However, it’s what happened next that sealed my fate. I needed someone who could guide a broken and confused 16-year-old. Instead, I came across a charismatic recruiter espousing HT’s cause who sold me the ideology of Islamism in the name of Islam.

But Islamism is not Islam. Islamism is the politicisation of Islam, the desire to impose a version of this ancient faith over society. To achieve this, Islamism uses political grievances, such as mine, to alienate and then provide an alternative sense of belonging to vulnerable young Muslims.Preying on the grievances of disaffected young men is the bedrock of Islamism.

Like all bigoted ideologies, it plays on the identity politics game, creating a ‘them and us’, in order to provide a home for the ‘us’ against the alien ‘other’ and control the community by acting as the sole ‘representative’ of Muslims.

One of the Woolwich Jihaidsts ranted to onlookers, ‘you’ have occupied ‘our’ lands. Spreading this sense of exclusive Muslim victimhood is crucial to the radicalisation process. I continued to spread hate for many years after Obanubi’s murder, co-founding branches in Denmark and Pakistan where we targeted army officers in order to incite military coups.

I was aiming to do the same thing in Egypt in 2001, when I was arrested and tortured. Eventually I was convicted of ‘membership of a banned organisation’ and sentenced to serve five years in Mazra Tora prison where deposed dictator Hosni Mubarak is now held.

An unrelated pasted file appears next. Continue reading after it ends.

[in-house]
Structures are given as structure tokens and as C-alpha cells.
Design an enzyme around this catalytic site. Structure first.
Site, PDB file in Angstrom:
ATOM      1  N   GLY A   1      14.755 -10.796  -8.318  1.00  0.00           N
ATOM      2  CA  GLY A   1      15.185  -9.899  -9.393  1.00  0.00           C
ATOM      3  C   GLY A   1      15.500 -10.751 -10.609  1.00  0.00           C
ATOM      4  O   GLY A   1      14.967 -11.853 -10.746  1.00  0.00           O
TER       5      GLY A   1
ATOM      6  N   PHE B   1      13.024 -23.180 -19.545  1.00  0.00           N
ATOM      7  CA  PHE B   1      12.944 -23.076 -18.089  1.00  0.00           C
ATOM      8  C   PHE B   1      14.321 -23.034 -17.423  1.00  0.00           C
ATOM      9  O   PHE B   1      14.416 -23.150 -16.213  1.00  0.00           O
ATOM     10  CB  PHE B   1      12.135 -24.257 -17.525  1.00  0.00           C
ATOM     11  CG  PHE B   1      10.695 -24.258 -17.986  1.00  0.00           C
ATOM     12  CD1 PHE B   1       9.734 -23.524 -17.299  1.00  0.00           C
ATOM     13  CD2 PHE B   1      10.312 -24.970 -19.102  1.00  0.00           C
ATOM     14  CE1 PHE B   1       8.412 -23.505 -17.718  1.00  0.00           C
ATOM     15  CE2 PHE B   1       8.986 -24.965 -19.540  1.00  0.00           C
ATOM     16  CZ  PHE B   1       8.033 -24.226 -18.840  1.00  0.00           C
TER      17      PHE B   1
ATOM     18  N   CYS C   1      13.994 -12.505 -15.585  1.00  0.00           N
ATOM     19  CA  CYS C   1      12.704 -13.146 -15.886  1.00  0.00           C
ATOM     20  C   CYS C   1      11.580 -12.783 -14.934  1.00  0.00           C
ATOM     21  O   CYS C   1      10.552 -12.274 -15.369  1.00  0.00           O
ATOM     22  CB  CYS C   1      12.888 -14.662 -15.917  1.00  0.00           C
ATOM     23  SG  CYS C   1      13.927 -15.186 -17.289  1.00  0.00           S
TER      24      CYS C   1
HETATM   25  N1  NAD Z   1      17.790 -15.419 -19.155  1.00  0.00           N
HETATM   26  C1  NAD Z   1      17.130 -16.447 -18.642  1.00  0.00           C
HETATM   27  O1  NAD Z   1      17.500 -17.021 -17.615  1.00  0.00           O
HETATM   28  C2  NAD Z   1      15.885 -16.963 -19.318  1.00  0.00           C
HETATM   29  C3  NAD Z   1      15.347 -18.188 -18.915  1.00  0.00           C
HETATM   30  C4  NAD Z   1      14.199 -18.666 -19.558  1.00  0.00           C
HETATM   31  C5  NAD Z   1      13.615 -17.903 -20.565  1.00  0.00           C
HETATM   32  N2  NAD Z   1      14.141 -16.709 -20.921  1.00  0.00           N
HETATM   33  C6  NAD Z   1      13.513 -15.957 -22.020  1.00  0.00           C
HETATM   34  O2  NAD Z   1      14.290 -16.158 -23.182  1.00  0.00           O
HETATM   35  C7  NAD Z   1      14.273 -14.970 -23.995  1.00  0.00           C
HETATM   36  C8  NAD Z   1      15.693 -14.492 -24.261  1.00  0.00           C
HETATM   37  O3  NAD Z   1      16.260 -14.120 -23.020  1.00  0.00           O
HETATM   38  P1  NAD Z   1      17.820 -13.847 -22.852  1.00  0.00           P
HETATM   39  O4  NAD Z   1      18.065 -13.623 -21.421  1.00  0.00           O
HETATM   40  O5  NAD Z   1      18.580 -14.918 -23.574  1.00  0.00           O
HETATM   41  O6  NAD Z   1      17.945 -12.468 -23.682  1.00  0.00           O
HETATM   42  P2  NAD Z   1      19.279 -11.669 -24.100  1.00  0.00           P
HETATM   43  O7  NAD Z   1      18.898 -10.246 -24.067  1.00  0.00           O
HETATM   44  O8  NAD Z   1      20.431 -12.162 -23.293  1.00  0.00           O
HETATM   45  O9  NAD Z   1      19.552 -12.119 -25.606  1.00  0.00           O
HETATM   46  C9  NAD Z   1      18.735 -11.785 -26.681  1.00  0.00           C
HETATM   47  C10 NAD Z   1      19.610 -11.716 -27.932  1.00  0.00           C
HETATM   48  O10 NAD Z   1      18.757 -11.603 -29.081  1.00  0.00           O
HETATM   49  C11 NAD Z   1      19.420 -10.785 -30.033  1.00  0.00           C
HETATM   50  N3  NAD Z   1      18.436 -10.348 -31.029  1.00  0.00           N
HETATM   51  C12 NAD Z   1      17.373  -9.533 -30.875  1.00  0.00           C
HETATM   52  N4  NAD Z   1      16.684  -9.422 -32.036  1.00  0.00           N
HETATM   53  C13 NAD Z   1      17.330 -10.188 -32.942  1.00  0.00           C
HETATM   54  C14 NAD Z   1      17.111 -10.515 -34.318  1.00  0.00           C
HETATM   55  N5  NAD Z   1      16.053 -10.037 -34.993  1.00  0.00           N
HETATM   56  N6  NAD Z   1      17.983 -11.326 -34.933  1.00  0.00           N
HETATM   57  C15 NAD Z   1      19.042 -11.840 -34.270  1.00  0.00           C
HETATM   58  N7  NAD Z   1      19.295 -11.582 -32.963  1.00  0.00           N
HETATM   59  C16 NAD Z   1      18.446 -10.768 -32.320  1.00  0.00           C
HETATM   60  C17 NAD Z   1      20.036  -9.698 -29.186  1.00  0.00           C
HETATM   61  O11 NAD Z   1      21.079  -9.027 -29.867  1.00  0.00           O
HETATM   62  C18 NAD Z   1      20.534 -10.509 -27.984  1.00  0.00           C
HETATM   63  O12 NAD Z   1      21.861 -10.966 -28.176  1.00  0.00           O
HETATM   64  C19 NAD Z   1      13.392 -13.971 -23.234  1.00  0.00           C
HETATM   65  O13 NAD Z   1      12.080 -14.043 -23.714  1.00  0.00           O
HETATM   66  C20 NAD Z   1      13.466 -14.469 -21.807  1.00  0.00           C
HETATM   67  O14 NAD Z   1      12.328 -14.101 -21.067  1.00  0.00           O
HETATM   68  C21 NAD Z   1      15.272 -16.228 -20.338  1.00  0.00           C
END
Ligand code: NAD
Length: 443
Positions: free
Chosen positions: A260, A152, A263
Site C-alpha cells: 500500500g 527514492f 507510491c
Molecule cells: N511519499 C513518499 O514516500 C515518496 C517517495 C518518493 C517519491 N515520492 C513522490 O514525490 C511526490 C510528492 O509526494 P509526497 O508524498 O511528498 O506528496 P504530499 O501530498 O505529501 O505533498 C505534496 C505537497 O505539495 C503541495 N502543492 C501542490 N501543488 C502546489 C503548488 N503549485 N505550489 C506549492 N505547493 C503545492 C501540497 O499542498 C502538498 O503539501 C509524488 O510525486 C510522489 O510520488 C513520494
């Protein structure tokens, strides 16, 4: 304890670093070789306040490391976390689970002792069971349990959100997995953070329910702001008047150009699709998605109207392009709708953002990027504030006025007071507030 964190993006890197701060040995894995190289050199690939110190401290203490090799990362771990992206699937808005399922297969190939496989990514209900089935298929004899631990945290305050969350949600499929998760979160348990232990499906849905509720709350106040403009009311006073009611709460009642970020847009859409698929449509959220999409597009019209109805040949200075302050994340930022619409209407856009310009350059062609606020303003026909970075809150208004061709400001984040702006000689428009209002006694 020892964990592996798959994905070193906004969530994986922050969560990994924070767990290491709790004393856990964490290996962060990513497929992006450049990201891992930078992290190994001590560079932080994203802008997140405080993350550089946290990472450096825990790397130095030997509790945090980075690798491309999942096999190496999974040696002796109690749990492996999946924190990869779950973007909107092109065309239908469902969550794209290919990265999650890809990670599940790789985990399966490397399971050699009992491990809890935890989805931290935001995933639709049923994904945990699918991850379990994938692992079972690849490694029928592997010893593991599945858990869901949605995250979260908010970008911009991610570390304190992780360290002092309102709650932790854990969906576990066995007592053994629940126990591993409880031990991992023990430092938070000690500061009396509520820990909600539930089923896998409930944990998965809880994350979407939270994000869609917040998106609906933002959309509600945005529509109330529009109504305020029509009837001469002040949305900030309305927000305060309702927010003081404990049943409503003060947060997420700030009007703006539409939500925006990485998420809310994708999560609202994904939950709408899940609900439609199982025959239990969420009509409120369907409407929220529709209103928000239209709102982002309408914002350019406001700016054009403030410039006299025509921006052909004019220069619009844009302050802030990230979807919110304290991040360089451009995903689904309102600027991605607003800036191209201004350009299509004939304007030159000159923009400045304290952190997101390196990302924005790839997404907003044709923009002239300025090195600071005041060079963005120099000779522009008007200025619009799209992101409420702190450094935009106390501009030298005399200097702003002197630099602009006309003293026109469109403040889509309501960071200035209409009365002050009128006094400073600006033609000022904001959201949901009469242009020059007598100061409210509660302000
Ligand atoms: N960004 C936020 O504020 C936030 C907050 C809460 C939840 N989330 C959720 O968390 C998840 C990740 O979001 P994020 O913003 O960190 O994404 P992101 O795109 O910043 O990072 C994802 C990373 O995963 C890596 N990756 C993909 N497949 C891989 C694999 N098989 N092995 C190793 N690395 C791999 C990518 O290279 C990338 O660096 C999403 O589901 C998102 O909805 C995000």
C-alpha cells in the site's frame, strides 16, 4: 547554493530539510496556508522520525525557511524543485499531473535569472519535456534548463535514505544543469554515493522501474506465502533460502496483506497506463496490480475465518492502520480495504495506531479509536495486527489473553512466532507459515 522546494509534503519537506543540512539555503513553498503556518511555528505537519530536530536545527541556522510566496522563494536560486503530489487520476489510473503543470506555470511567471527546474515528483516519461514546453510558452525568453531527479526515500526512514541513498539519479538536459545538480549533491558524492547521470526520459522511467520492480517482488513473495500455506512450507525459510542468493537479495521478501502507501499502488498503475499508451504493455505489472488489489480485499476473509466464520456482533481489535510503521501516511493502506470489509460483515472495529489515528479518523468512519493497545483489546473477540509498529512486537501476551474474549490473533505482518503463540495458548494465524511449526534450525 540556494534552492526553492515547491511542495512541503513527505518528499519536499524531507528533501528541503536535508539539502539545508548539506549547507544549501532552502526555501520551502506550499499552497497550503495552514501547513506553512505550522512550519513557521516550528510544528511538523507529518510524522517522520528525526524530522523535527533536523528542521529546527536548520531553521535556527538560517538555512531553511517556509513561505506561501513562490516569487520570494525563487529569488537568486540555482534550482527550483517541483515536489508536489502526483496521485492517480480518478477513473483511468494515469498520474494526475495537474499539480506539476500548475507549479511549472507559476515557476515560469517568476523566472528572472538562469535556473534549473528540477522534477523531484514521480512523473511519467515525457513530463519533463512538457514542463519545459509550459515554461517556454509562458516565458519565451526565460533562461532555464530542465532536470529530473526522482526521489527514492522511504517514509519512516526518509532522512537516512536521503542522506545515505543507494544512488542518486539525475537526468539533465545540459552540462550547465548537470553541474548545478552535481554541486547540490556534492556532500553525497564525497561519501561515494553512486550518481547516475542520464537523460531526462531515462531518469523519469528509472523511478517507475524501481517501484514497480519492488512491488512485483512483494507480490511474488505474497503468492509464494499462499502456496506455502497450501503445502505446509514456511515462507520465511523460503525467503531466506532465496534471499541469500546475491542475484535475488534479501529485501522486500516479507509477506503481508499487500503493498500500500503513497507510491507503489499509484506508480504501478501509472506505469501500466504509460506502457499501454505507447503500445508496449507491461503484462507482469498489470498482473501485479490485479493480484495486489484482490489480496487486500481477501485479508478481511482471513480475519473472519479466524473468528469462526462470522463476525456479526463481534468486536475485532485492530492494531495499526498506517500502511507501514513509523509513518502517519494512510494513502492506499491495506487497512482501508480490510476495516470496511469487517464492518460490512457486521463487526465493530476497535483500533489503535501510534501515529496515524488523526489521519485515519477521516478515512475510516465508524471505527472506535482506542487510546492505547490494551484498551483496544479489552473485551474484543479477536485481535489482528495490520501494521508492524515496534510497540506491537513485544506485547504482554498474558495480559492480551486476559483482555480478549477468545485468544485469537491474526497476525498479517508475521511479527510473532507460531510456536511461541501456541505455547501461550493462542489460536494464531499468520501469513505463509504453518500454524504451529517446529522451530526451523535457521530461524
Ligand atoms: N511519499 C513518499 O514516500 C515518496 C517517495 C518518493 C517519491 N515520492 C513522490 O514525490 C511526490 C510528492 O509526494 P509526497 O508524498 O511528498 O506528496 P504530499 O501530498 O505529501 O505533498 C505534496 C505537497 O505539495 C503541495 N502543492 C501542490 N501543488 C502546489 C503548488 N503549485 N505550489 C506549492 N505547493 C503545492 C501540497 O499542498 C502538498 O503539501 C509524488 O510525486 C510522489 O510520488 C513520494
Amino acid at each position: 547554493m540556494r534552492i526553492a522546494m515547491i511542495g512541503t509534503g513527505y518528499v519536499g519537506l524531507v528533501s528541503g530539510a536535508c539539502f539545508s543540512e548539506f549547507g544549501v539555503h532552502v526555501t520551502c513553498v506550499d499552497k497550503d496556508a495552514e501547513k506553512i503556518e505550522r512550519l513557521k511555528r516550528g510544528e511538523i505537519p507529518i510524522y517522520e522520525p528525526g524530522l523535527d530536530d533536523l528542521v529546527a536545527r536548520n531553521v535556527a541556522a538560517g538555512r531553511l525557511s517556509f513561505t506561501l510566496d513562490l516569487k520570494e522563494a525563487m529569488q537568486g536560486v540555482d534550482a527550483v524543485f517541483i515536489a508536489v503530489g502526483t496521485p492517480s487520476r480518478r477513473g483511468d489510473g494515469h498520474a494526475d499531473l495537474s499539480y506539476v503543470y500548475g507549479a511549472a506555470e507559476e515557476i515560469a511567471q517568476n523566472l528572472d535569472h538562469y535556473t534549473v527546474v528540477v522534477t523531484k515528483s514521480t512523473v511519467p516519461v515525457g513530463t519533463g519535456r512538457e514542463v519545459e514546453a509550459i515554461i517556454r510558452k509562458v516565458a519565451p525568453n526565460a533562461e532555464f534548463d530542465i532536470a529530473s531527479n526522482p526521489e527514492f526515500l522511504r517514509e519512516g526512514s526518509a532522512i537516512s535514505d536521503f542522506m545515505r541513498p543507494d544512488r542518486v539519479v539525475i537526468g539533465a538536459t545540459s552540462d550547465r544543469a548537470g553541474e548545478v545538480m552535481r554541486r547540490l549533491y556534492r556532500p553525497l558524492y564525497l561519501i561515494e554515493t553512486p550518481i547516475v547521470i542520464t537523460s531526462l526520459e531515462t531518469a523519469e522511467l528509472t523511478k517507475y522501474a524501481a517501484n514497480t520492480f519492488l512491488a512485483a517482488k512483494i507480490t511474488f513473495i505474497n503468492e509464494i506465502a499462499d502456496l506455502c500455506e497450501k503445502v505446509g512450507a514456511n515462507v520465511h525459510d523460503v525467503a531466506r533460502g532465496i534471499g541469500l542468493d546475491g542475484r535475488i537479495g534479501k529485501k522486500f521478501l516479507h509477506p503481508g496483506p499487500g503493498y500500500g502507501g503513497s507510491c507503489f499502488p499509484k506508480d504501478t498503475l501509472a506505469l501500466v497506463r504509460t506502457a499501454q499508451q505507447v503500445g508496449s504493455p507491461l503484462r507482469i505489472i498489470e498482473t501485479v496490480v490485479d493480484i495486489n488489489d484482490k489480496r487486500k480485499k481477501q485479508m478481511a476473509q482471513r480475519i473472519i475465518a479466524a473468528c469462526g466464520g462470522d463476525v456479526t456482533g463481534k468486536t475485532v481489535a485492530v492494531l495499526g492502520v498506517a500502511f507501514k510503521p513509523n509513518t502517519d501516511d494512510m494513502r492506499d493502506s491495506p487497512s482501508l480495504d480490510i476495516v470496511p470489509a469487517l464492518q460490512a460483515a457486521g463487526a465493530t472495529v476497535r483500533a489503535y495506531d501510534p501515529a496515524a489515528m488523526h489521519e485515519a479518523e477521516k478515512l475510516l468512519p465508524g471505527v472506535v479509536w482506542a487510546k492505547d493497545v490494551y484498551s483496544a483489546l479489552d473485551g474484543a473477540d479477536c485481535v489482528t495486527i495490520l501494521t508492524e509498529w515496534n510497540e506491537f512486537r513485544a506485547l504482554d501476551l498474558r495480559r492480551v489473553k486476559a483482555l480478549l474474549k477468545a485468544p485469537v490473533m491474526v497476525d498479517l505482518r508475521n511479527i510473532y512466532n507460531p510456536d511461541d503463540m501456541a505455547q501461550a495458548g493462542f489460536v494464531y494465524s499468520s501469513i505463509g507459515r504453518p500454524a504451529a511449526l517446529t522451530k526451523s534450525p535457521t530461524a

It was then I began to sift through my layers of hatred and ignorance. I also encountered the kindness of strangers, especially Amnesty International whose campaign to win my release was led by an octogenarian in England I’d never met.
After much soul searching I was able to renounce my past Islamist ideology, challenging everything I was once prepared to die for.

De-radicalisation begins by breaking down the logic which once seemed unassailable and rethinking what you are fighting for and why. That is hard to do when Islamists and Islamophobes feed off each other’s hateful cliches.

We must not blame the security services for what happened. As long as a man can pick up a knife, these murders will be impossible to predict. The only way to try and prevent it happening again is to give those angry young Muslims another outlet. I have founded Khudi, in Pakistan, a youth movement which tries to counter extremist ideology through healthy discussion and debate.

I believe we need a similar grassroots movement in Britain. The only way we can challenge Islamism is to engage with one another. We need to make it as abhorrent as racism has become today. Only then will we stem the tide of angry young Muslims who turn to hate.
Only then will they stop listening to people like Omar Bakri Mohammed and Anjem Choudary.

Maajid Nawaz is author  of Radical: My Journey From Islamist Extremism To A Democratic Awakening.

This article was originally published by the ‘The Daily Mail on 25th May 2013. Click here to read the original article.